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JOURNAL OF RESEARCH IN NATIONAL DEVELOPMENT VOLUME 7 NO 1, JUNE, 2009

MODE OF ENTRY AND DEGREE PERFORMANCE OF DELTA STATE UNIVERSITY UNDERGRADUATES 

 Edhereveno Sylvanus Evroro 

epartment of Technical and Business Education, Delta State University, Abraka

 

Abstract

This study examined the relationship between the mode of entry and degree performance of Delta State University, Abraka, students. Two research questions were raised and one hypothesis was formulated and tested in the course of the study. A sample of   300  students made up of 100 pre-degree entry, 100 UniversitiesMatriculation Examination entry and   100 Direct entry, was drawn from the population using proportional stratified random sampling technique. The student data file and a check-list were the instruments used for data collection. The simple percentage, frequency count and chi-square test statistics were used to analyse the data. The result revealed that there is no significant relationship between mode of entry into the university and students performance. The paper concluded that the performance of students in Delta State University has no relationship with mode of entry. It was therefore recommended that both pre-degree, UME and Direct entry should be used as mode of admission into universities.

 

Keywords: Mode of Entry, degree performance, pre-degree, UME and Direct Entry

 


Introduction

 Education is universally recognized as one of the instruments for social, political, scientific and technological development. This is the reason why no society can afford to toy with the education of its citizenry as this will result in a snail speed development. (Azikiwe, 2000). In the 1960s very few people were seeking for admission into higher institutions and those who were admitted got it through hard work. Any person who found himself/herself there was therefore considered intelligent and academically superior to his/her peers (Erigha, 2001).

 Although there are basically two modes of entry into Nigerian Universities; that is Universities Matriculation Examination (UME) and Direct Entry (DE), a third mode exists as a way of running away from the Universities Matriculation Examination conducted by Joint Admissions and Matriculation Board, JAMB. Some universities in Nigeria call the third mode Pre-degree Programme.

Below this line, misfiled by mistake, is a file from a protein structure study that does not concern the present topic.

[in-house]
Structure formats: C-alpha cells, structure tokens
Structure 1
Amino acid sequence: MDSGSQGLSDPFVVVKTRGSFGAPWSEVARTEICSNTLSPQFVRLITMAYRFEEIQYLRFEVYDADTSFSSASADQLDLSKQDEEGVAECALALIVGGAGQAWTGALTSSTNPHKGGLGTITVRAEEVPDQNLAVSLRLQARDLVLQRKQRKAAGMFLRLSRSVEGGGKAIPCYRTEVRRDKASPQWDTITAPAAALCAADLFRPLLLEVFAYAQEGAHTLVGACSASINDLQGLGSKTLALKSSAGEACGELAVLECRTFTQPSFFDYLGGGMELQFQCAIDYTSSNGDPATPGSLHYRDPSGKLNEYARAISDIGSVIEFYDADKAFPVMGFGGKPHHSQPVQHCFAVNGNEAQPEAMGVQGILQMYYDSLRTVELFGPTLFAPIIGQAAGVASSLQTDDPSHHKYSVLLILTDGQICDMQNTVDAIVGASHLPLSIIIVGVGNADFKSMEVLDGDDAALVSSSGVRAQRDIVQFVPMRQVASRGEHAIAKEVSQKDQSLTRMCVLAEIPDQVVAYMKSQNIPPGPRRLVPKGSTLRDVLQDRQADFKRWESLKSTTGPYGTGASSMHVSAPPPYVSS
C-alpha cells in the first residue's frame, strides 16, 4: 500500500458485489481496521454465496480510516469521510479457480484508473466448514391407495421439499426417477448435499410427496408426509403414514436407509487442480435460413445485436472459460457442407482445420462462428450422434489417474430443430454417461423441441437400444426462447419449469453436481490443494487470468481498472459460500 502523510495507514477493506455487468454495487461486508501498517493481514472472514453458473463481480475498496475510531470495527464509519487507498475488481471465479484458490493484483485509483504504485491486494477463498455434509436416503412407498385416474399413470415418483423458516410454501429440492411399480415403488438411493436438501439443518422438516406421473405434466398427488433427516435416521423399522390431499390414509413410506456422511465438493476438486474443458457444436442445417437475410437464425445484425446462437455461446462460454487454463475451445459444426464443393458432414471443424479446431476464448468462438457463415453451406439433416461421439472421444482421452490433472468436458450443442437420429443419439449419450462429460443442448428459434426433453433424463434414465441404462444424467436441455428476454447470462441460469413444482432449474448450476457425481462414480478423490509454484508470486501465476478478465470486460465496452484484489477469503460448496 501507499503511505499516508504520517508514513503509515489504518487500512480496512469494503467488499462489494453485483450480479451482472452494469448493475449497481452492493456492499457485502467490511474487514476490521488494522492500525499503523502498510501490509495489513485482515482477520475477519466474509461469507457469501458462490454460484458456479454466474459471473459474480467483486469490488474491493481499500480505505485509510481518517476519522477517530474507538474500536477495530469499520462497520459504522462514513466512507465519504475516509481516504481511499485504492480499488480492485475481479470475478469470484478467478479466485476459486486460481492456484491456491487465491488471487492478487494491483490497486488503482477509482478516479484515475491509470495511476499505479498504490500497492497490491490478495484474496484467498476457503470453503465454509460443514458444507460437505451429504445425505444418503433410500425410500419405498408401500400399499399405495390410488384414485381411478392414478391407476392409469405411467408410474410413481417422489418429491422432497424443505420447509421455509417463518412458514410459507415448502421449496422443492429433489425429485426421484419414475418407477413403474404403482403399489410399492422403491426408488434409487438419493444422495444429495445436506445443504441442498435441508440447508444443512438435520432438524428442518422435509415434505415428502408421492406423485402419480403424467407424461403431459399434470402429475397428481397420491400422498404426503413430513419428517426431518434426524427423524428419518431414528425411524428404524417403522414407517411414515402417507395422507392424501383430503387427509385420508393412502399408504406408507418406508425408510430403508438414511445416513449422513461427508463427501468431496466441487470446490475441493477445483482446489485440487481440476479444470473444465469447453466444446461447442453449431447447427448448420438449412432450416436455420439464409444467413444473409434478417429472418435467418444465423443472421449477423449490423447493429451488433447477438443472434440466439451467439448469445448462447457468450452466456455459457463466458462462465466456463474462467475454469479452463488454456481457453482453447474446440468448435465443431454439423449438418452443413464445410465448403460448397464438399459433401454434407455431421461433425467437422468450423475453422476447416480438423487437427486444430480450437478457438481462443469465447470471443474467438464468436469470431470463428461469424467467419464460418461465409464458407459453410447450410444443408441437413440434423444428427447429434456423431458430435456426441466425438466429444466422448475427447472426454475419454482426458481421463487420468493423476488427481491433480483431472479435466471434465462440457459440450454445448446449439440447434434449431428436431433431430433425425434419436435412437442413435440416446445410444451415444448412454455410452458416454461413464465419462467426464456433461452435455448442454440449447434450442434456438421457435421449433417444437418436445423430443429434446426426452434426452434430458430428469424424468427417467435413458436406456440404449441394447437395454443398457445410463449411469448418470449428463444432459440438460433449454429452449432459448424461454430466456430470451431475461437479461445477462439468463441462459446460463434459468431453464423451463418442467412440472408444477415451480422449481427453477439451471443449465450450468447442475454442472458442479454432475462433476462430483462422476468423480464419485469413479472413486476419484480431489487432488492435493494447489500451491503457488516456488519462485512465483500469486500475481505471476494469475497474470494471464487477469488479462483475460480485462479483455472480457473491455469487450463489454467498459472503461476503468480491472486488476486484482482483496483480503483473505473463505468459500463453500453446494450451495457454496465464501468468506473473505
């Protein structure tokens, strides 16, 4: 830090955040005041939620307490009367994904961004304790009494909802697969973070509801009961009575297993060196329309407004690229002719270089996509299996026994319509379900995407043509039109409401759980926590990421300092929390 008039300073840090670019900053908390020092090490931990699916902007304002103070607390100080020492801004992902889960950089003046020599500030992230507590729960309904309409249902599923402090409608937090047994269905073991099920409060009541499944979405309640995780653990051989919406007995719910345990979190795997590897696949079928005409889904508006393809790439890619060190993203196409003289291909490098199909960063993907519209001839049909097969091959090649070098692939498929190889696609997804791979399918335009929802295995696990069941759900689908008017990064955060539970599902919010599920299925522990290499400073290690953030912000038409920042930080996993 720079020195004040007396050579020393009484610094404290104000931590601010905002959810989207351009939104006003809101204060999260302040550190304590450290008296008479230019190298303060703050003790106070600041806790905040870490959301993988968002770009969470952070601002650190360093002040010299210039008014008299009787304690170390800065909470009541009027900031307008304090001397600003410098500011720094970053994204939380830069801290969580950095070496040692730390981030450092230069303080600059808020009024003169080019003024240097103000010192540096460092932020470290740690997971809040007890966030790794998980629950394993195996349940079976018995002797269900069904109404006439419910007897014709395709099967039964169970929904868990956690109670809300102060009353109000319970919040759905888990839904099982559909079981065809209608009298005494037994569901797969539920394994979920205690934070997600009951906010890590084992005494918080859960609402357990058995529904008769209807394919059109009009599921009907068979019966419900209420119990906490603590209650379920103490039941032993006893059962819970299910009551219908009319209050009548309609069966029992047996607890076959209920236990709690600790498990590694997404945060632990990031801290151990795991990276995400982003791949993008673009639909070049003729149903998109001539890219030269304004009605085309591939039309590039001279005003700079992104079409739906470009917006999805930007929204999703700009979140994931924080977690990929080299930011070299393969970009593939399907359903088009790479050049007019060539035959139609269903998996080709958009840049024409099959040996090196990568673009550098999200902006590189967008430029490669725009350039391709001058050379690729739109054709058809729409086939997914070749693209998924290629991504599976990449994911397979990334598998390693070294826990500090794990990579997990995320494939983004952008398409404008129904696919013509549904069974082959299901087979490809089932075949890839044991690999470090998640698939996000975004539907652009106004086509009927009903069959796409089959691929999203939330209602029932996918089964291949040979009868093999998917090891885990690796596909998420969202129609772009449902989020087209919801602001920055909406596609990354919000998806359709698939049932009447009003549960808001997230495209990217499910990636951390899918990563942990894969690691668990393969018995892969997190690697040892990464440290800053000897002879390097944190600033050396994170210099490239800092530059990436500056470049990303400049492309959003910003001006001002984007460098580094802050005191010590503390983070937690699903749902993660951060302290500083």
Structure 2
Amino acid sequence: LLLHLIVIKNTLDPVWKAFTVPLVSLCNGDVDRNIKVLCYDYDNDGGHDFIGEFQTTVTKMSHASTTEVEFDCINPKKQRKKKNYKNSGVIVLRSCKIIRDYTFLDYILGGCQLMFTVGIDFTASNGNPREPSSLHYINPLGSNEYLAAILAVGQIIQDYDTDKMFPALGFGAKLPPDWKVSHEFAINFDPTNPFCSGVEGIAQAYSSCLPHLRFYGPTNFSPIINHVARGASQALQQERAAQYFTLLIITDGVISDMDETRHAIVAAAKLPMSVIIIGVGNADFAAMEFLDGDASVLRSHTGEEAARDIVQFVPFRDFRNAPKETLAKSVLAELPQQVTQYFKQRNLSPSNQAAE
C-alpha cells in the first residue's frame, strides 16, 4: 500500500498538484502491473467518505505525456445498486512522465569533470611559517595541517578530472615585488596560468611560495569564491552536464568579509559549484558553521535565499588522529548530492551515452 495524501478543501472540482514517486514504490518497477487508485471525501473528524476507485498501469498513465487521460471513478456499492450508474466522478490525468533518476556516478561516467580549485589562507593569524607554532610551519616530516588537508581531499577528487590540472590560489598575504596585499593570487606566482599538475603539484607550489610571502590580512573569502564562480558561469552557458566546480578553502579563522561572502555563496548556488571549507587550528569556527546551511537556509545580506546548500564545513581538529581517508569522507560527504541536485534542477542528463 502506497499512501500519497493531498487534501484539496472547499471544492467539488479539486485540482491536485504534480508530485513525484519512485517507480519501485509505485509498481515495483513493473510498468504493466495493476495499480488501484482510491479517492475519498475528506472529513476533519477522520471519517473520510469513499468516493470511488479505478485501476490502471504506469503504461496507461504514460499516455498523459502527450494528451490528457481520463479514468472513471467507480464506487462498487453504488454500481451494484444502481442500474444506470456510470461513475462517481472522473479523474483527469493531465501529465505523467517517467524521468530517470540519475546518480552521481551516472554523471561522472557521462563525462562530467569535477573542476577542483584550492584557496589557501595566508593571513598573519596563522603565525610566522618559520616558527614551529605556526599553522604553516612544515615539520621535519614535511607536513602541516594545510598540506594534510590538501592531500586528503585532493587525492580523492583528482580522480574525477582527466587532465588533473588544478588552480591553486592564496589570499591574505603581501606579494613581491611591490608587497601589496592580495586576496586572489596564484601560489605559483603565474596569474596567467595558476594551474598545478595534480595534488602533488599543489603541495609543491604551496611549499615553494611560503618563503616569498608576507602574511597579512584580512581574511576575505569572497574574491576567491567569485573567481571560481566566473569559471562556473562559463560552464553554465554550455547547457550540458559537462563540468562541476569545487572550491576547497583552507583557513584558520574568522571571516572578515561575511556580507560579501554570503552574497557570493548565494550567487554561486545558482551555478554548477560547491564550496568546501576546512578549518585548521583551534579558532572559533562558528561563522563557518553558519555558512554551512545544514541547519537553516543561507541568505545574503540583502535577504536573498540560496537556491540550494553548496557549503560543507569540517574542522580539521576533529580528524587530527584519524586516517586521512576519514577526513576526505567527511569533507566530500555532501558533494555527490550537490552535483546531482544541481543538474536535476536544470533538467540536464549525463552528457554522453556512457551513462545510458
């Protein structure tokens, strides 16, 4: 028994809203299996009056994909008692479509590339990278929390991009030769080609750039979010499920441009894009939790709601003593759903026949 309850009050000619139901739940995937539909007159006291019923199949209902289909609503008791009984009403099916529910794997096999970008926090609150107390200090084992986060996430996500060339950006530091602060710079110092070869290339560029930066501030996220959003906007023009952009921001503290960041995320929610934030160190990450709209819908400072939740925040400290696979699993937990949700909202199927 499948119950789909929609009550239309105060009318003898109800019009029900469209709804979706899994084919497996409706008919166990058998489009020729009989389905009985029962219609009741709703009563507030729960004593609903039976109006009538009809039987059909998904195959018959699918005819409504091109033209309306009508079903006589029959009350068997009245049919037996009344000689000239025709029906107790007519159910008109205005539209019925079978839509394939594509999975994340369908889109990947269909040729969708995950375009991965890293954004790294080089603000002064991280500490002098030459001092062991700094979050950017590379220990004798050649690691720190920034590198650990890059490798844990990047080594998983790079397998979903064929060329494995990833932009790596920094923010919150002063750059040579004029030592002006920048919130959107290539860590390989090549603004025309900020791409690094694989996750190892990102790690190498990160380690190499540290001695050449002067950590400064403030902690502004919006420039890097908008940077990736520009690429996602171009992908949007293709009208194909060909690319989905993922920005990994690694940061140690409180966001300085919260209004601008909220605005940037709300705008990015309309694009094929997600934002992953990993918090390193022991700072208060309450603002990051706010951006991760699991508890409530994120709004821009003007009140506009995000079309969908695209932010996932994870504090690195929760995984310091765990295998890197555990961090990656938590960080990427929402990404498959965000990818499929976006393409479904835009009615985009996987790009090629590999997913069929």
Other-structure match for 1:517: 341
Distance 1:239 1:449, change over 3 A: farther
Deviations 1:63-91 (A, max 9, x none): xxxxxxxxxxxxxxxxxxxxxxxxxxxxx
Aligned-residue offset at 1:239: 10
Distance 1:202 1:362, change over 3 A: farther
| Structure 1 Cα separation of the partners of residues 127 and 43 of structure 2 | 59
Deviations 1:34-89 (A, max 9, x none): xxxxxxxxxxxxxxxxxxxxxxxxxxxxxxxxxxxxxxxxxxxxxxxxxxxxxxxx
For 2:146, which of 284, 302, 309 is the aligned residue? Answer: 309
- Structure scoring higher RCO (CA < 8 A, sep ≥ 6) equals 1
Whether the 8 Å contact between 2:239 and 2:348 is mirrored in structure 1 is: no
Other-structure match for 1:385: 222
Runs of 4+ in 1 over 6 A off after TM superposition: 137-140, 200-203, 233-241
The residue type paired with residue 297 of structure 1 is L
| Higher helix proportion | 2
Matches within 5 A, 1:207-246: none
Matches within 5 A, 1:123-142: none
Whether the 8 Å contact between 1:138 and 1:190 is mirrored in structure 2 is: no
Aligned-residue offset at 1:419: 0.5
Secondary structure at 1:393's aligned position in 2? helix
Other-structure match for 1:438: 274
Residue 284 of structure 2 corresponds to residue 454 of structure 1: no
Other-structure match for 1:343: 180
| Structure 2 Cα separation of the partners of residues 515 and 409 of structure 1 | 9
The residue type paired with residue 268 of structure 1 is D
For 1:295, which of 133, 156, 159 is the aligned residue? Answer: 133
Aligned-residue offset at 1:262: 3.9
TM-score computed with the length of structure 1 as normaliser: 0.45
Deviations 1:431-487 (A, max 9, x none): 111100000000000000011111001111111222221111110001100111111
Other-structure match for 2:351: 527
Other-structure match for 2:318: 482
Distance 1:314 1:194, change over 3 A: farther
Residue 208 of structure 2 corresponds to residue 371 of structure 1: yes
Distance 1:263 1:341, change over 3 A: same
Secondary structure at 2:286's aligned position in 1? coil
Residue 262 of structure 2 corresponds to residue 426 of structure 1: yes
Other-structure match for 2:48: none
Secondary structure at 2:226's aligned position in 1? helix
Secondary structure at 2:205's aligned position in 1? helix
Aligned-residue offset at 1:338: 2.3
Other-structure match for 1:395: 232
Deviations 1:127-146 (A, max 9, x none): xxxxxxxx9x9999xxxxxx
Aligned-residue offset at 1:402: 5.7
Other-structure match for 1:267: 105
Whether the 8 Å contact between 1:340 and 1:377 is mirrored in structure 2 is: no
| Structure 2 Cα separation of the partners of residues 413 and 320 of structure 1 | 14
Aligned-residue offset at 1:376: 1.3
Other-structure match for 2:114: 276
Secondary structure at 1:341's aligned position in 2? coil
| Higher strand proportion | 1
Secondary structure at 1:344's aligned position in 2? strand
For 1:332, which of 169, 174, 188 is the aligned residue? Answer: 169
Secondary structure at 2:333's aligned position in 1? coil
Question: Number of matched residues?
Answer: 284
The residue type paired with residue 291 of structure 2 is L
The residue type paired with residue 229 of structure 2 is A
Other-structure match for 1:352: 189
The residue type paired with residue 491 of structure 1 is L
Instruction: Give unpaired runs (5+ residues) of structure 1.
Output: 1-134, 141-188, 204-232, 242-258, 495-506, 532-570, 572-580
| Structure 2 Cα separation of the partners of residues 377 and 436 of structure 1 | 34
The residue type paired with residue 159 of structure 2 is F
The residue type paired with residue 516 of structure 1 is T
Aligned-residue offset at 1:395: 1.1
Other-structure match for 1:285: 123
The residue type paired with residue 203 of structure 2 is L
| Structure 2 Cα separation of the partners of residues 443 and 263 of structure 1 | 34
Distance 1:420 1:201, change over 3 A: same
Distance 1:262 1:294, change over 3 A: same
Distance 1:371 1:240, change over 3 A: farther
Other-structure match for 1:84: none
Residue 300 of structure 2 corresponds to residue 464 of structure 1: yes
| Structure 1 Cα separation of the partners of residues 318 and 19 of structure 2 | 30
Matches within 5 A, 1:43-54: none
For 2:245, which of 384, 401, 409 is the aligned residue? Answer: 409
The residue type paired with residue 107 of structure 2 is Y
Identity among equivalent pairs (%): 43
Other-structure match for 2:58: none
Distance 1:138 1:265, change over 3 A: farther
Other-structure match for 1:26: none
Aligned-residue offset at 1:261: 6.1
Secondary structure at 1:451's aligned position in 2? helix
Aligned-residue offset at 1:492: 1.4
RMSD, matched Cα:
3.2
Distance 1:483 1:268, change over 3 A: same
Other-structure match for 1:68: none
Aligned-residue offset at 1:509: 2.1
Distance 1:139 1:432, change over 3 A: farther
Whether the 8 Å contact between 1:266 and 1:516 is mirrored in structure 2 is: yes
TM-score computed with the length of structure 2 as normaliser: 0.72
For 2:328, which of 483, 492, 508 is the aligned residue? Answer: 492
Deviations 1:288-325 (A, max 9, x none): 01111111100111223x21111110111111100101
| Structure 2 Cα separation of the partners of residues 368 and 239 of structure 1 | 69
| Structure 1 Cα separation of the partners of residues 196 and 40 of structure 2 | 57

There is a conception that the University Matriculation Examination (UME) candidates perform better than the Direct Entry, and Pre-degree candidates in their University Examination. Yet others believe that pre-degree candidates out-perform the UME and Direct Entry candidates in their university examination. Yet another group believes that Direct Entry candidates are supervior to both the pre-degree and UME candidates. The people who hold this view argued that the pre-degree and direct entry candidates cannot pass the UME conducted by JAMB, hence they opted for the pre-degree programme or institutions that enable them to get the Direct entry requirement.

This belief of people over which mode of entry is better in terms of university performance is different from one group to another, hence this study was undertaken to examine the mode of entry and performance of Nigerian universities undergraduates with Delta State University, Abraka as a case study.

 Statement of Problem

The academic performance of students admitted into the universities has been an issue of great concern to lecturers and all those who are interested in the education industry. There are minimum entry requirement that candidates must posses before they can be admitted into degree programme in the universities. Delta State University is not an exception. The requirements are met for both the pre-degree, UME and Direct entry candidates. Candidates are expected to possess NECO/WAEC SSCE or its equivalents with credits in five (5) subjects (including English and mathematics) relevant to their course(s) at not more than two sittings.

It is assumed that all those admitted into the university irrespective of the mode of entry will be able to cope with the academic rigours but contrary to this expectations, some drop out on the way without graduating from the university, yet some change their courses and others spend extra year(s) before graduating as you can see with extension students and even some end up with pass and third class degrees. This scenario shows that performance may be a function of the mode of entry, hence, the problem of this study was to determine the relationship between the mode of entry and performance of Nigeria undergraduates with Delsu Abraka as a case study.

Research Questions

To guide the course of investigation in this study, answers were sought to these questions.

1                   what is the pattern of performance of the three modes of entry into the university in the three years where all the modes took the same examination?

2                   Is there any relationship between mode of entry into the university and student performance at the different levels ?

Hypothesis

The following null hypothesis was formulated based on the research questions raised and tested at 0.05 level of  significance.

H0: There is no significant relationship between the mode of entry into the university and student performance at the different levels.